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The Wrack

The Wrack is the Wells Reserve blog, our collective logbook on the web.

Better Living through Chemistry?

Posted by | October 1, 2016

Robert Hooke's drawing of a flea in Micrographia, c. 1730

The following was published in the Biddeford-Saco Journal Tribune Sunday edition, 10/2/2016, and Making It At Home's 10/5/2016 issue.

When my wife, sons, and I went away to our annual family reunion over Labor Day Weekend, we never expected to return home to find a party raging at our house. We’d left our cat, Greenberry, in charge of the homestead. When we got back from our trip, she was playing host to hundreds of obnoxious guests.


Somehow, our indoor-only cat had picked up a parasitic army. They were everywhere: in our carpets, in our books, on our cat, on our legs. Jumping, crawling, biting, reproducing. The battle for our home began.

First, we had to get them off of our hapless Greenberry. The vet recommended Capstar, a little white pill to make her blood temporarily toxic to fleas. What kind of chemical could do that, I wondered, but not kill the cat? Nitenpyram is in the same chemical family as pesticides sprayed on farms across America, the nefarious ones I’d read so many environmental journal articles about. Are neonicotinoids killing our bees? Quite possibly. Well, they’re killing fleas too, so this week, I’m a fan.

My sister, a synthetic organic chemist at the University of California in San Diego, offered this assessment: “That’s a cool molecule. Lots of weird $%#&.” I was sold. Within minutes, the fleas were fleeing, jumping from Greenberry like first-class passengers off the Titanic. Unfortunately, they’d still made themselves quite comfortable in the carpets and between the cracks of our hardwood floors. On to Phase II of campaign “Rolling Thunder.”

Foggers, the insecticidal grenades one used to throw and run from, are of limited effectiveness in rooms containing furniture. Nowadays, modern exterminators (and farmers too) apply the principles of “integrated pest management” to attack, and beat back, bugs throughout their different life stages. Timing is everything. There are now chemicals to hit eggs, larvae, and adults; one can even buy them online in one delicious cocktail spray.

It was a roll call of superheroes: Pyriproxyfen, the growth regulator! Pyrethrin, the nerve agent derived from chrysanthemums! Permethrin, the favorite tick repellent of an old bird banding friend! We carpet bombed our carpets with them all.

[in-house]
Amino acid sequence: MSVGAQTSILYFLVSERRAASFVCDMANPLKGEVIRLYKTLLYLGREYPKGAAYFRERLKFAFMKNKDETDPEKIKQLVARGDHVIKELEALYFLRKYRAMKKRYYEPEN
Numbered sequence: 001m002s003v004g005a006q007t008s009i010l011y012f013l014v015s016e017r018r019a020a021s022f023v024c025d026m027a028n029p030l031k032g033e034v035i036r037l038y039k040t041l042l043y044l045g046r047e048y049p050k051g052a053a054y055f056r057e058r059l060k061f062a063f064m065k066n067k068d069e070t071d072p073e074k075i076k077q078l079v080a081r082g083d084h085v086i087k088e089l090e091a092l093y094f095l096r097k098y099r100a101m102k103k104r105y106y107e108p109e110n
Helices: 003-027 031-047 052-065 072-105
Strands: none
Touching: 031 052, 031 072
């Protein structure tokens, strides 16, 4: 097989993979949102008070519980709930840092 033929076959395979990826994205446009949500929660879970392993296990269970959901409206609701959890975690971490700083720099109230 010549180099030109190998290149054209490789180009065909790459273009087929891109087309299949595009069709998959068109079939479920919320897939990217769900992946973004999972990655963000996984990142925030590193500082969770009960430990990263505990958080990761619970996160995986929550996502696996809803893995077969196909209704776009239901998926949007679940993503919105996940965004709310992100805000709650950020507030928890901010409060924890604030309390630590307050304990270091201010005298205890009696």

And then we started vacuuming, for hours a night, every night, a new bag every night. That’s what you’re supposed to do, said the professionals. Knock ‘em back with poison, then suck ‘em up with the hose. I like the vacuuming tactic: it’s the most physical approach, and after the all the chemicals we’d dropped, easily the most organic. Also, our house has never been cleaner.

But the fleas – the shameful, mortifying, aggravating fleas – they remain. We’ve killed off the weak ones, surely, but natural selection is inescapable: the fleas that are left are stronger, faster, and possibly even immune to the toxins. It’s been weeks of this war, but the white socks I wear around the house to test our progress still collect passengers. We have not won yet, and meanwhile, what exactly have we been breathing in?

How much do we really know about what goes into our bodies? What do we take for granted as safe? Is non-toxic completely so, or just “as far as we know, in limited amounts”?

My younger son recently had a Glow Stick accident and splashed his mouth and eyes with phosphorescent liquid. After the screaming and the face washing were over, I looked up the ingredients. Hydrogen peroxide and dibutyl phthalate – irritating, not poisonous, but still surprising to a parent who’d never considered the possibility that those sticks could be dangerous. (Apparently, every Halloween poison control centers are inundated with calls about Glow Stick incidents.)

The Kennebunks will put their water district’s fluoridation policy to a vote this Election Day. Some people, including the director of the water district, believe that fluoride causes more harm than good; others contend that it is still the most effective and economical way for communities, and especially their less fortunate members, to prevent tooth decay. The facts are out there that make convincing arguments for both sides. How to decide?

I’m a science person. I enjoy learning about, and benefiting from, technology’s advances. I’m skeptical about the supposed dangers of GMOs, vaccines, and many pesticides, given the regulatory gauntlet those substances have to run and the lack of evidence for many claims of their horrors. I’m even, it seems, OK with filling my home with synthetic organic neurotoxins.

The substances we allow into our homes, our bodies, and even our body politic, need to scrutinized and evaluated, but at some point, one must act, even without a set of complete facts. At some point, a leap of faith is required.

In the meantime, as the standup comic canine once quipped in a Far Side cartoon: “Take my wife’s… fleas.”


Nik Charov is president of Laudholm Trust, the nonprofit partner of the Wells National Estuarine Research Reserve in Wells, Maine. His occasional column, “Between Two Worlds,” ventures forth from the intersection of art and science, past and present, molecule and compound. More at

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